About 100 Military Veterans and friends gathered at the cenotaph in Benoni on Sunday 19 July 2015 to attend the 99th Commemoration of the Battle of Delville Wood. A total of 17 wreaths were laid while 35 symbolic roses were placed by members of the public.

Story for the South African Legion of Military Veterans by Charles Ross with photos by Sergeant Kevin Fenton.

Legionnaire, Moth, Signalman Malcolm Dirk Kriel

Category : Articles , News

Friday 24 July 2015 Charles Ross attended the Memorial Service for Legionnaire/MOTH/Signalman Malcolm Dirk Kriel in the Westview Methodist Church in Wierda Park. The service was attended by many Military Veterans from various Veteran Organisations. Following a moving service by Pastor Wendy Walker the Legion and MOTH funeral rituals performed by Lgr Bazil Kriel and MOTH’s Dave Berry and Thinus Prinsloo. During the MOTH ritual the Last Post and Reveille was sounded while the Lament was played the Last Post and Reveille.

Malcolm was born in Bloemfontein and spent his youth at Tempe Military Base, Voortrekkerhoogte and the TEK camp in Snake Valley. Malcolm attended the Pretoria Technical College and loved building electronic gadgets, especially crystal sets.

After school Malcolm joined the South African Army Corps of Signals in 1962 where he qualified as a Radio Technician and spent brief periods in Bloemfontein and Port Elizabeth Signals Units before returning to Voortrekkerhoogte to serve both the School of Signals and 1 Signal Regiment. He was transferred to Cape Town as Warrant Officer at the Air Defence School Technical Workshop and later became the Regimental Sergeant Major of the Western Province Signals Unit. After this stint Malcolm was transferred to School of Signals in Heidelberg.

In the early 1980’s Malcolm was transferred to the South African Army Headquarters, Director Signals where he was selected as the Warrant Officer of the new night vision project. He served at Director Projects and was considered the night vision expert in the South African Army until retirement in 1992.

After retirement Malcolm worked for ELOPTRO, the Denel subsidiary of nigh vision equipment and final for Mechem until 2004.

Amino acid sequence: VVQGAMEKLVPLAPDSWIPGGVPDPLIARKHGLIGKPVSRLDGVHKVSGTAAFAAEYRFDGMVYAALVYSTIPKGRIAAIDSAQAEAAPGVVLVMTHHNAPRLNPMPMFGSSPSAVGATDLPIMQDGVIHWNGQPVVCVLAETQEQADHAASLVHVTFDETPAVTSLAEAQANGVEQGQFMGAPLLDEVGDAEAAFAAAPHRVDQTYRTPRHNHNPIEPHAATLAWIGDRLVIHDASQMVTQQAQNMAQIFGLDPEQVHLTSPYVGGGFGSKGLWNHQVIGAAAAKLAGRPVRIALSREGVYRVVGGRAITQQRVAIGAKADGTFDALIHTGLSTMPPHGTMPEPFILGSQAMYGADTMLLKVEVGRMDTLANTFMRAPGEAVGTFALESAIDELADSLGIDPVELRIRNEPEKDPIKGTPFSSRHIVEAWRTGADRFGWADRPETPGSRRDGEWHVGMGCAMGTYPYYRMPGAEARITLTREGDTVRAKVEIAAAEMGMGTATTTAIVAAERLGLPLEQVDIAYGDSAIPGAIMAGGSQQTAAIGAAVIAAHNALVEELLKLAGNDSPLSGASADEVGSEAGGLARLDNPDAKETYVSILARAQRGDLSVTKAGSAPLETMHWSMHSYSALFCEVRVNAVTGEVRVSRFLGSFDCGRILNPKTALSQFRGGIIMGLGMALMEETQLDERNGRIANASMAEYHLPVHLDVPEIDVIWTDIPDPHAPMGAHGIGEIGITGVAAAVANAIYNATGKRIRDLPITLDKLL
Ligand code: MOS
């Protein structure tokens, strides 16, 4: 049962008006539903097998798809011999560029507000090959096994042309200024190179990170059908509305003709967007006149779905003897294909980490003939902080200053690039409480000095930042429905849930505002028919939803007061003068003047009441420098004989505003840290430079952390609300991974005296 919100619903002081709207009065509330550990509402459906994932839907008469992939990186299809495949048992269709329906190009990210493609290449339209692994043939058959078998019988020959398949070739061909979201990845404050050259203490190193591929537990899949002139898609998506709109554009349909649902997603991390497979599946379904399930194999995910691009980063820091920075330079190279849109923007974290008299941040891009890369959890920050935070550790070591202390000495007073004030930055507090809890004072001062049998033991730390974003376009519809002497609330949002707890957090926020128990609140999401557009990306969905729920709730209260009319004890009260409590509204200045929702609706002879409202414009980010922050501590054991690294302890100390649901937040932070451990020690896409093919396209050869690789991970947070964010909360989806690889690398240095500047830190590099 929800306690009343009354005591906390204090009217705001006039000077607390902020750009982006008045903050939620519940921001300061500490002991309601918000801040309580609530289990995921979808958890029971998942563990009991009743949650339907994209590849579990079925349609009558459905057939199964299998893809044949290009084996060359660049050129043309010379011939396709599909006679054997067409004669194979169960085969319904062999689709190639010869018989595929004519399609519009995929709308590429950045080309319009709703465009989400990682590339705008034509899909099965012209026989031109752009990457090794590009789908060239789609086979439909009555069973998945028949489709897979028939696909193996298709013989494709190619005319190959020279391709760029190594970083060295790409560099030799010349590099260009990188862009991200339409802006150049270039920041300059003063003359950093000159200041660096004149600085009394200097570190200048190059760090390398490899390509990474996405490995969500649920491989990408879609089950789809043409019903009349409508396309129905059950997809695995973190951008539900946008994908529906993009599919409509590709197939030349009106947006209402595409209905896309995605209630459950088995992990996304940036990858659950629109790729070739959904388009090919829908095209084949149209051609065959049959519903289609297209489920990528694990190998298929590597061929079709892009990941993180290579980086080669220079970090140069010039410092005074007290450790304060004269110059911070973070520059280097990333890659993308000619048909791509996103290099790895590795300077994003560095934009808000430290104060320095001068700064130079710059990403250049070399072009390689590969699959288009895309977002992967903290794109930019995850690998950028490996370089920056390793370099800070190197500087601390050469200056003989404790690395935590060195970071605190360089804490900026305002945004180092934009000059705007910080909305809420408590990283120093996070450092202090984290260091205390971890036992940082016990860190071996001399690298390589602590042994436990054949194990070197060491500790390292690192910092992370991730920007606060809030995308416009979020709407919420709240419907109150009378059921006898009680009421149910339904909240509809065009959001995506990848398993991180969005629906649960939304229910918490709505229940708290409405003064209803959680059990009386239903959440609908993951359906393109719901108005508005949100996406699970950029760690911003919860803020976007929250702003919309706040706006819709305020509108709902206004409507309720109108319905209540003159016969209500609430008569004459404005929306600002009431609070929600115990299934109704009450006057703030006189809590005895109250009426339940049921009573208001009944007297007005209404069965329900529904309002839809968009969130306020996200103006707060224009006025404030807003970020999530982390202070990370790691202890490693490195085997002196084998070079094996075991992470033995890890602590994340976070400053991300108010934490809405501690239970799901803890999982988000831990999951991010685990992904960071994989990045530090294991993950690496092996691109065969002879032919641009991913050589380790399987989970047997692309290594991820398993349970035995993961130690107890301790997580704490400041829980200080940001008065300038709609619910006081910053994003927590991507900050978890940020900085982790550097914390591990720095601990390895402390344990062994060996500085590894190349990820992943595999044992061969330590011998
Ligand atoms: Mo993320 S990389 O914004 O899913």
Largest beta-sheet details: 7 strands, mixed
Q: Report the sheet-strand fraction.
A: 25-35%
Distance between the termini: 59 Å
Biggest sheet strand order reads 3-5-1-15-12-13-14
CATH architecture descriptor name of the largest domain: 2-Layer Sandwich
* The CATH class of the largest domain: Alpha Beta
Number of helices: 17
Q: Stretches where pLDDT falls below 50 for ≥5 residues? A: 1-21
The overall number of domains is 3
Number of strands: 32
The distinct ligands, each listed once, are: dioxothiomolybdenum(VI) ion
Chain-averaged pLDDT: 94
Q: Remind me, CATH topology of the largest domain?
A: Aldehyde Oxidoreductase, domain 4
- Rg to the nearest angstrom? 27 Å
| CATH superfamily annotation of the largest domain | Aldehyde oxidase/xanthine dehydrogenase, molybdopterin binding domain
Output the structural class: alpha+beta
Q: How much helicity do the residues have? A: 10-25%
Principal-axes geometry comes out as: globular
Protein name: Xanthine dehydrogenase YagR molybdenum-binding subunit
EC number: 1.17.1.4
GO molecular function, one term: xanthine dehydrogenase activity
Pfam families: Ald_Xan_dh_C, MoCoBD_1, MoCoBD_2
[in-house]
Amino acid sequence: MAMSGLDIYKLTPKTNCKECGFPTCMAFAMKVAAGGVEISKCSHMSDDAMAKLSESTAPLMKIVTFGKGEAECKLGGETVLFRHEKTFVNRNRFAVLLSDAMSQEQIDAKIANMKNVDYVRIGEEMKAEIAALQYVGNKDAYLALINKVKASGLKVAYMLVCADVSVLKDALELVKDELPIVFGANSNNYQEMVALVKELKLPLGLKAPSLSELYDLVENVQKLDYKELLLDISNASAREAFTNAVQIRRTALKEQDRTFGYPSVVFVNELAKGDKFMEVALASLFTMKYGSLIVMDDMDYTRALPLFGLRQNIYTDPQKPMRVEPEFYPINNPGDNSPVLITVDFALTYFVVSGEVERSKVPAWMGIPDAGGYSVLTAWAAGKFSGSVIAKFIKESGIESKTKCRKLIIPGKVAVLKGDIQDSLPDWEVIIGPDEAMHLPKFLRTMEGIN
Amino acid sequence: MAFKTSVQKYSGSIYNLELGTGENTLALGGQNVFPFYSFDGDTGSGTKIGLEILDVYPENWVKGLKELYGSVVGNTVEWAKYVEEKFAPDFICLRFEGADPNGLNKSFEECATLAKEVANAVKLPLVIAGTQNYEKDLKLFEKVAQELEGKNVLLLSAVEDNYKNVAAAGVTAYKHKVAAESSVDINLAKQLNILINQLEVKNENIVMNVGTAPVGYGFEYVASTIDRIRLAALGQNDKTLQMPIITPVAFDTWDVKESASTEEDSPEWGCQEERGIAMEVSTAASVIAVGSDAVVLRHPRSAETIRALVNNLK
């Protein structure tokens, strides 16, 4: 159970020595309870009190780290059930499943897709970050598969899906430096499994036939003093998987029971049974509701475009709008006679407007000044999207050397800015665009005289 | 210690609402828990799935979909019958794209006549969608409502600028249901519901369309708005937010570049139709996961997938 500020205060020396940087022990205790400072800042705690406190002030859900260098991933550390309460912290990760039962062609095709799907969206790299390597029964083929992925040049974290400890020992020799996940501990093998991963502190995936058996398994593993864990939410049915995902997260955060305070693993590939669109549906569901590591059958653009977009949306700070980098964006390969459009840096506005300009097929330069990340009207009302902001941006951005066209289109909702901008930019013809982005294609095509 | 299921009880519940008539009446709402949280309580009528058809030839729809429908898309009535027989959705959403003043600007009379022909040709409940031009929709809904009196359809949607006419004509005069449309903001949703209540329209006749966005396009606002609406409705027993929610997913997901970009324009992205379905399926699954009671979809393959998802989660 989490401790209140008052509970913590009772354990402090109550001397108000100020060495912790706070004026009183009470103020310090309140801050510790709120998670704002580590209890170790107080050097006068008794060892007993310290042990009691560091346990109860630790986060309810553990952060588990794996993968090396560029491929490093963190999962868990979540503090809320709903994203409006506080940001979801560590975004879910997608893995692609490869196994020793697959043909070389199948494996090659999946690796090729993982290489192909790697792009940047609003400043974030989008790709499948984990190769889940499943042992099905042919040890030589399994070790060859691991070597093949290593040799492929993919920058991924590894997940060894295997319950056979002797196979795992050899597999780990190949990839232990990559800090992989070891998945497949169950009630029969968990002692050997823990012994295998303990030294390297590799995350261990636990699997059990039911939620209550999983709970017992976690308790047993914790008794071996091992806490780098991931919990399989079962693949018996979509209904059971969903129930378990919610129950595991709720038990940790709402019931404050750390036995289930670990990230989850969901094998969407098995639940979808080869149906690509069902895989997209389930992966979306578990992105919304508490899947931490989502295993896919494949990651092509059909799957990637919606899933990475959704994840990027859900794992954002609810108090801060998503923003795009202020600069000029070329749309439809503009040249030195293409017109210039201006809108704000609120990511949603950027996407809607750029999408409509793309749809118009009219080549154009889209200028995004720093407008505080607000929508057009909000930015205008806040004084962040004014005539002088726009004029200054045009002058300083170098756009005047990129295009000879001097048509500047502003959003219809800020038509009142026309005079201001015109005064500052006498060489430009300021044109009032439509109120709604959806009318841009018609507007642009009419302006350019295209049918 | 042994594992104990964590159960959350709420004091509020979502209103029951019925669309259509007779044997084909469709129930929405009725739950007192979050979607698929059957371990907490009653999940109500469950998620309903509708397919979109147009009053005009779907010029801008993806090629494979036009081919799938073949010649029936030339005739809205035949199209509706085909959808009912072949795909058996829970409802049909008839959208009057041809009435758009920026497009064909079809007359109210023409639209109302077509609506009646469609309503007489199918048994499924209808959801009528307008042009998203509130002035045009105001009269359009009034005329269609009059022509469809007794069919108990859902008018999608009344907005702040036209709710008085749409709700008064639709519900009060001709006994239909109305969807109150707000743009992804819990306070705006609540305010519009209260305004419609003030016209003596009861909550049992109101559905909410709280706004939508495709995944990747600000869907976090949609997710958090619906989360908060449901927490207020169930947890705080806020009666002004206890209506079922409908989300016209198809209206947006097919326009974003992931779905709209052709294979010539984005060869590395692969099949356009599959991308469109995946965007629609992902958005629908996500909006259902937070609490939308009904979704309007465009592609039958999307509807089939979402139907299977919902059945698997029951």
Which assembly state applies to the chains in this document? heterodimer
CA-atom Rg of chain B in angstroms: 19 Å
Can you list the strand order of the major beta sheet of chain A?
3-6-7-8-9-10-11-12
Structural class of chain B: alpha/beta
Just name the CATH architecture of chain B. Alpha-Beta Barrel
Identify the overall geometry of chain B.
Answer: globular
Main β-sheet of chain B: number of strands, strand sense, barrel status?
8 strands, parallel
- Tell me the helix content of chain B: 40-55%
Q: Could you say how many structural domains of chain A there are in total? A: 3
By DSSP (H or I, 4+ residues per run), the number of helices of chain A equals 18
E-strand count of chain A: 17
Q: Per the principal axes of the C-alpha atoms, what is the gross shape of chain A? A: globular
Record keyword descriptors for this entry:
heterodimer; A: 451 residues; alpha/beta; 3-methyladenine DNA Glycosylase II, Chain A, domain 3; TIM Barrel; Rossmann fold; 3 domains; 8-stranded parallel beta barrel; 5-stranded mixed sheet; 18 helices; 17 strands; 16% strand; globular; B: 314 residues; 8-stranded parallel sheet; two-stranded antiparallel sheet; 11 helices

Malcolm became a MOTH in the late 1970’s and served as Old Bill of Aerial Shellhole in the 1980’s. He became Chairman if the Pretoria Branch of the South African Legion of Military Veterans in 1989 and Provincial Chairman of the Transvaal Region in 1994. During the 1990’s he was instrumental in arranging the annual SS Mendi Memorial Services at the SS Mendi Memorial in Atteridgeville. Malcolm also served as Chairman of the Pretoria Ex-Serviceman’s Council. Malcolm was also a member of the Signals Association and was a very active radio amateur with call sign ZS-MDK. This call sign is now silent.

In 2004 Malcolm moved to Sasolburg where he served as a MOTH and the Sandy Shellhole, an active radio amateur and as Liaison Officer of the Free State Provincial Committee of the South African Legion of Military Veterans.
In 2010 he moved to Bloemfontein where resided at the South African Legion of Military Veterans village, Springbok Park. He joined the MOTH George Coombs Shellhole, Bloemfontein Branch of the South African Legion of Military Veterans and the Bloemfontein Combined Ex-Serviceman’s Organisation.

In January 2015 Malcolm was admitted to 3 Military Hospital with Dementia and Uniary Tract infection. During March 2015 Malcolm and his wife Sheila were moved to the MOTHWA Haven Frail Care Centre in Eloffsdal, Pretoria. Malcolm’s condition deteriorated and was Called to Higher Service in the early hours of the morning of 15 July 2015.

Malcolm was a well-respected Soldier, Mentor, Veteran and Radio Amateur. He was a person who had a passion for electronics and he always wanted to pass on his expertise to others, which included his juniors in the military, his apprentices and to the sons of his brother, Bazil. The latter being guided by Malcolm’s knowledge and enthusiasm as they spent many a June/July high school holiday with Malcolm where he taught them everything about radio and electronics.

He was known to fight for his apprentices and junior and did not hesitate to express his feelings to seniors if he believed that he was right. This earned him the nickname “Wooden Spoon” from his subordinates because he could stir.

In all the organisations that Malcolm served he always became involved and made things happen, he made a difference.

Malcolm will be sorely missed by his family, the South African Legion of Military Veterans, MOTH Order, Signallers and friends.


Today 24 July 2015 at the funeral service of the Late Legionnaire Malcolm Kriel I was most surprised when the piper was none other than Linda (nee Scorgie) who was a junior piper in the Kimberley Regimental Pipes and Drums when I was the Drum Major in the late 1970's and early 1980's. Last saw her in 1982 when I left to join the South African Navy. Well done Linda!!
Today 24 July 2015 at the funeral service of the Late Legionnaire Malcolm Kriel I was most surprised when the piper was none other than Linda (nee Scorgie) who was a junior piper in the Kimberley Regimental Pipes and Drums when I was the Drum Major in the late 1970’s and early 1980’s. Last saw her in 1982 when I left to join the South African Navy.
Well done Linda!!

Story for the South African Legion of Military Veterans by Charles Ross based on the Eulogy by Lgr Bazil Kriel. Photos by Charles Ross